The smelting of copper and tin ore to create bronze has for a long time indicated the beginning of what archaeologists call the Bronze Age – the second of the so-called three-Age system, following the Stone Age, preceding the Iron Age. There is now much debate about the character of the shift from stone to bronze, but what is generally accepted is that this shift, however it happened when and where in Europe, was not simply a matter of our ancestors ditching tools fashioned from stone in favour of bronze tools. Amongst other objects, Bronze Age people made some truly exquisite artefacts using gold, objects that were so obviously not made for the usual functional purposes.

Bronze Age Exhibition at the National Archaeology Museum, ParisJust finished at the Musée d’Archéologie Nationale, in Saint-Germain-en-Laye on the outskirts of Paris, was an interesting exhibition on the Bronze Age Age of France. As France’s national archaeology museum and established in the 1860s by Napoleon III, there are some stunning objects in their collections. The museum’s permanent exhibitions are quite traditional albeit thorough, starting at the beginning and working their way through to the archaeology of the Medieval period. De Bronze & D’Or was a modest, temporary exhibition that explored daily life during the Bronze Age in France (2,400 – 700 BC) through some of the more striking artefacts in the museums collection.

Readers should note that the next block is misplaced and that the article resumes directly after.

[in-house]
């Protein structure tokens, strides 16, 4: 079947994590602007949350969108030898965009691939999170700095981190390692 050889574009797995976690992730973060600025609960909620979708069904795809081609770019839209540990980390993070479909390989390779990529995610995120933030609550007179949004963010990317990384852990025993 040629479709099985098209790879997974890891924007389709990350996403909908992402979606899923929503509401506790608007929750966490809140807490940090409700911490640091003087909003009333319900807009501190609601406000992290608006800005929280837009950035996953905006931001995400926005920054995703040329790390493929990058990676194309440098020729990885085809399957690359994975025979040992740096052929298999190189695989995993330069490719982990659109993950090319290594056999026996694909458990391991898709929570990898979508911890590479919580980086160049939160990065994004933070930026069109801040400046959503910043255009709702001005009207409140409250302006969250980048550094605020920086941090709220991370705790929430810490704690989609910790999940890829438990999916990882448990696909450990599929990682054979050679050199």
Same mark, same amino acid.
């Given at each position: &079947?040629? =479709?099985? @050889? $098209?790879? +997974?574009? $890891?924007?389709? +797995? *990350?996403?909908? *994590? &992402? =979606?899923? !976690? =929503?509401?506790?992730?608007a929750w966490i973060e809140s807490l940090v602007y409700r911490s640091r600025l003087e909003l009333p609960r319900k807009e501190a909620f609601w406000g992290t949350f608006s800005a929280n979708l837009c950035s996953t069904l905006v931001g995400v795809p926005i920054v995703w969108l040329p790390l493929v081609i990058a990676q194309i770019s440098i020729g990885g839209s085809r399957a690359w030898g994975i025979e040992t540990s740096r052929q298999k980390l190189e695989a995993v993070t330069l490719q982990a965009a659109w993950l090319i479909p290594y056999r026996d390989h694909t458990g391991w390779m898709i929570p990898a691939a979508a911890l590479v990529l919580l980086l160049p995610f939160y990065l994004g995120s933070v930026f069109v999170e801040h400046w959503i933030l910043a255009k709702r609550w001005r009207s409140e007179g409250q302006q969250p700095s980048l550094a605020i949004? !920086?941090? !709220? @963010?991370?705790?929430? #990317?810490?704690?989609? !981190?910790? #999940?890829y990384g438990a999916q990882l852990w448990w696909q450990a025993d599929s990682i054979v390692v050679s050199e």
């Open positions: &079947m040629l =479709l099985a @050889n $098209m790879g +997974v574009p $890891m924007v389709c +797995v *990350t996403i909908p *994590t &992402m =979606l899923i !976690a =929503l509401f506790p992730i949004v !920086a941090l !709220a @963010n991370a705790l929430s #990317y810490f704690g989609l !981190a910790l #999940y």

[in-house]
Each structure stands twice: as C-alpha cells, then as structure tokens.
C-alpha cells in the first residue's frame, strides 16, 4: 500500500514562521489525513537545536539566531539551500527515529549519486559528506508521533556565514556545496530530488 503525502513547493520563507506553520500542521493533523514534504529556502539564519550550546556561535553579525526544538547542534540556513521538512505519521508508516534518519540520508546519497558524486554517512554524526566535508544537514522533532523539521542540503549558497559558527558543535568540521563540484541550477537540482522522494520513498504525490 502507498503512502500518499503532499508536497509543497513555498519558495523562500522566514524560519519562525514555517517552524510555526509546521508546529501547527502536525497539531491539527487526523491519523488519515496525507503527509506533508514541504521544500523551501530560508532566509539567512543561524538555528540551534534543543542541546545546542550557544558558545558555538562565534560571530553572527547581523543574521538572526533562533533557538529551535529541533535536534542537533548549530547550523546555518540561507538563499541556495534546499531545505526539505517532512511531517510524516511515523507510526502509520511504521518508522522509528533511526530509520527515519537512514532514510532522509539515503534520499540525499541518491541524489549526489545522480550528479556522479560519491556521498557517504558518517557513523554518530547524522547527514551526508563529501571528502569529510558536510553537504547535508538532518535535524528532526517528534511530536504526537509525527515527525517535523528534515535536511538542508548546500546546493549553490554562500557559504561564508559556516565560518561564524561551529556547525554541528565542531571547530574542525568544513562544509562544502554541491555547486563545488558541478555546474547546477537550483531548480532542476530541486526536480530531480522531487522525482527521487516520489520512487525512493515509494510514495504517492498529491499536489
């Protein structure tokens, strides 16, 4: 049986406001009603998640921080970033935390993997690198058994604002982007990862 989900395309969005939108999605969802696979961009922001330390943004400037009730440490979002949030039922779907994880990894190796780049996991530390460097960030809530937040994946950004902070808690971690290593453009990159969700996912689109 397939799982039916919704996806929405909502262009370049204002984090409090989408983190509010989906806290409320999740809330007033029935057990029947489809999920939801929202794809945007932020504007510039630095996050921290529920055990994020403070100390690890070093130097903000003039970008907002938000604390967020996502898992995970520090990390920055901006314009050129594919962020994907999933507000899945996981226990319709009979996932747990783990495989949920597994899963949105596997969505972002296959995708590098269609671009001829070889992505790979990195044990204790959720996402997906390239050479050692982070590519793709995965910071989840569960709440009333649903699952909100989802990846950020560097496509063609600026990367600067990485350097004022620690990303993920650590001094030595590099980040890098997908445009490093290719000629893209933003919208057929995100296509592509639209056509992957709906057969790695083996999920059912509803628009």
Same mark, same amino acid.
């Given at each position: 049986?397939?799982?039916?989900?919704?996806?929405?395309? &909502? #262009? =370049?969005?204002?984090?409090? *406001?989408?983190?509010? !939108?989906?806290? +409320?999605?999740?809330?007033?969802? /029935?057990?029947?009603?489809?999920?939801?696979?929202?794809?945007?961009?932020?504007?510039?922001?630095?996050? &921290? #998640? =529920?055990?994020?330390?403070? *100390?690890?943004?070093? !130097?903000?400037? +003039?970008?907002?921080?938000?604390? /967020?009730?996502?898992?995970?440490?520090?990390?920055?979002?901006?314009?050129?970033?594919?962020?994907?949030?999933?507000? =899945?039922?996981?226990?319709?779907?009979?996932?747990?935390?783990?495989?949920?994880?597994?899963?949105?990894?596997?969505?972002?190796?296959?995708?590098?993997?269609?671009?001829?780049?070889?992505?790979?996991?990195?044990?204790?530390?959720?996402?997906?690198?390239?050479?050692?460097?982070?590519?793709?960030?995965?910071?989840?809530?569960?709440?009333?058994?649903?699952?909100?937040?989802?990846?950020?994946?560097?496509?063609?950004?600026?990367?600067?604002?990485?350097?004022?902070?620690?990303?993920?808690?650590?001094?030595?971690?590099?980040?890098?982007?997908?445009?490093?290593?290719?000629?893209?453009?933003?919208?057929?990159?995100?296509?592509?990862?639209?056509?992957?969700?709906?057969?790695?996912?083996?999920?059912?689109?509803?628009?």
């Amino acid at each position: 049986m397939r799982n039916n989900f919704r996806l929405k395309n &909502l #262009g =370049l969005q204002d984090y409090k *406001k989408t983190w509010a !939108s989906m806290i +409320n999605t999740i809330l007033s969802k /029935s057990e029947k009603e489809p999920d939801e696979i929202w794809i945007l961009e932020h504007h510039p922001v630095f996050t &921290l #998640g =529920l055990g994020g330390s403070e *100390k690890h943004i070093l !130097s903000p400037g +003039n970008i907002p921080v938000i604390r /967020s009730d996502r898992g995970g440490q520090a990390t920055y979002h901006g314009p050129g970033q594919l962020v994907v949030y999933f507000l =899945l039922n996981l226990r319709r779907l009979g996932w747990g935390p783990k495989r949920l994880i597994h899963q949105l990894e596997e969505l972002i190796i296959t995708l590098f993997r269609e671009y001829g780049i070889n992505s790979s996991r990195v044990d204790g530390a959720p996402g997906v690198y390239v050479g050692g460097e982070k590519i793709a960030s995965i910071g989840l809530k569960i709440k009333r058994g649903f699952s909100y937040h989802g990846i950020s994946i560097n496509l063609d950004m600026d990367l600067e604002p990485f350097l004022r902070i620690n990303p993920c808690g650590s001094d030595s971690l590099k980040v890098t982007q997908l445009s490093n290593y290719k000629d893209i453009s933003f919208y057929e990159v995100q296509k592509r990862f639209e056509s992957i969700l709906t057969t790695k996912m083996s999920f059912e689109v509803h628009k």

On show in over 20 cases was an interesting collection of Bronze Age artefacts, from a few small and finely crafted arrow points from Brittany to striking and enigmatic artefacts made from gold, such as the gold Avanton cone found near Poitiers. I thought I would share just a few photographs of some of the objects and cases that caught my attention.